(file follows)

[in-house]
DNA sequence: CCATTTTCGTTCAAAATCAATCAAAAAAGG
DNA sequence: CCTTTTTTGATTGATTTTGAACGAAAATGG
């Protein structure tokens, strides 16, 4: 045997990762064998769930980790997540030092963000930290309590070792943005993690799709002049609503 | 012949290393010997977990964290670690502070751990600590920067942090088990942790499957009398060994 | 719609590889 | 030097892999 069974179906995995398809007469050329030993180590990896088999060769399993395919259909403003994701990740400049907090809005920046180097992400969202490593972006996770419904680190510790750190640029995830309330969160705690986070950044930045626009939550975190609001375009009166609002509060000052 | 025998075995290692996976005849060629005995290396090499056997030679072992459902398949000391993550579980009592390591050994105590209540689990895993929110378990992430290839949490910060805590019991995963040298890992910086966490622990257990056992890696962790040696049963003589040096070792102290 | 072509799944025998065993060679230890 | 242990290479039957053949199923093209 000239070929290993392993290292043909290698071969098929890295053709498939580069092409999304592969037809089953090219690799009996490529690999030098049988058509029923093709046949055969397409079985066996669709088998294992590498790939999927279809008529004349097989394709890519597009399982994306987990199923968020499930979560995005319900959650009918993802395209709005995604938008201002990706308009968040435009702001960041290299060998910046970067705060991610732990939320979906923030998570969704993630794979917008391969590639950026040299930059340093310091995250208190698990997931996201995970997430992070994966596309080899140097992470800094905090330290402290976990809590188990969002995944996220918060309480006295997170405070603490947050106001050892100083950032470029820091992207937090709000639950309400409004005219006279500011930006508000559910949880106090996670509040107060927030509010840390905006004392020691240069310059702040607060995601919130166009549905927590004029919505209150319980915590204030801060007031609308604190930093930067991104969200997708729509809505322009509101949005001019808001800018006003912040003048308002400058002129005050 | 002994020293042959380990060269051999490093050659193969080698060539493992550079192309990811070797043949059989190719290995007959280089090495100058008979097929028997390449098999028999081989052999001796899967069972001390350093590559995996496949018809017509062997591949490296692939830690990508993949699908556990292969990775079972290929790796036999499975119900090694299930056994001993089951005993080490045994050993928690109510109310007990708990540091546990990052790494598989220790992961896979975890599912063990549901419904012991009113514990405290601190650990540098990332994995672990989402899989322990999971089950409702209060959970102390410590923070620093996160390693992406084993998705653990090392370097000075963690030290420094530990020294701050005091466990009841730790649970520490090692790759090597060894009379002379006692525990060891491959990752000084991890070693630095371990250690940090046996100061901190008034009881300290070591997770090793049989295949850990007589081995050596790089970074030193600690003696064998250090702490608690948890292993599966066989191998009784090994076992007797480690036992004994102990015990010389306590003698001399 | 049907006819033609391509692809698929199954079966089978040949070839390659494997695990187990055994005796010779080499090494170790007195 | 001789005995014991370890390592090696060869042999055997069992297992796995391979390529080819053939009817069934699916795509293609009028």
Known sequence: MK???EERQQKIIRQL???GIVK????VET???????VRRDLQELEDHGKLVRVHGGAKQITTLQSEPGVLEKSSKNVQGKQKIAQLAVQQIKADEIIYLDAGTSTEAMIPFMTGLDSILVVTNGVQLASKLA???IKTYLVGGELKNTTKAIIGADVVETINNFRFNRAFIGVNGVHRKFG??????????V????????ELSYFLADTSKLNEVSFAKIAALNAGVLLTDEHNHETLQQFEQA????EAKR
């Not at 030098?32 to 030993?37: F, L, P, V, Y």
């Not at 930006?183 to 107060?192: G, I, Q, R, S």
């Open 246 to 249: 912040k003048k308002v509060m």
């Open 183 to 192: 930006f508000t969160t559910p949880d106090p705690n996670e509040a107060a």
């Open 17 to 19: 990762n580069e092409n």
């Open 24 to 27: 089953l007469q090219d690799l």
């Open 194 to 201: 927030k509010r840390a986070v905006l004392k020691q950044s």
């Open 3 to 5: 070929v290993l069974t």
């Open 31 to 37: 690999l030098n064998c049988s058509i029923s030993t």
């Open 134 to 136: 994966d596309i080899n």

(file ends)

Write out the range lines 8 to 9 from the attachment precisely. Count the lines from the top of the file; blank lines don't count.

């Open 246 to 249: 912040k003048k308002v509060m």
């Open 183 to 192: 930006f508000t969160t559910p949880d106090p705690n996670e509040a107060a």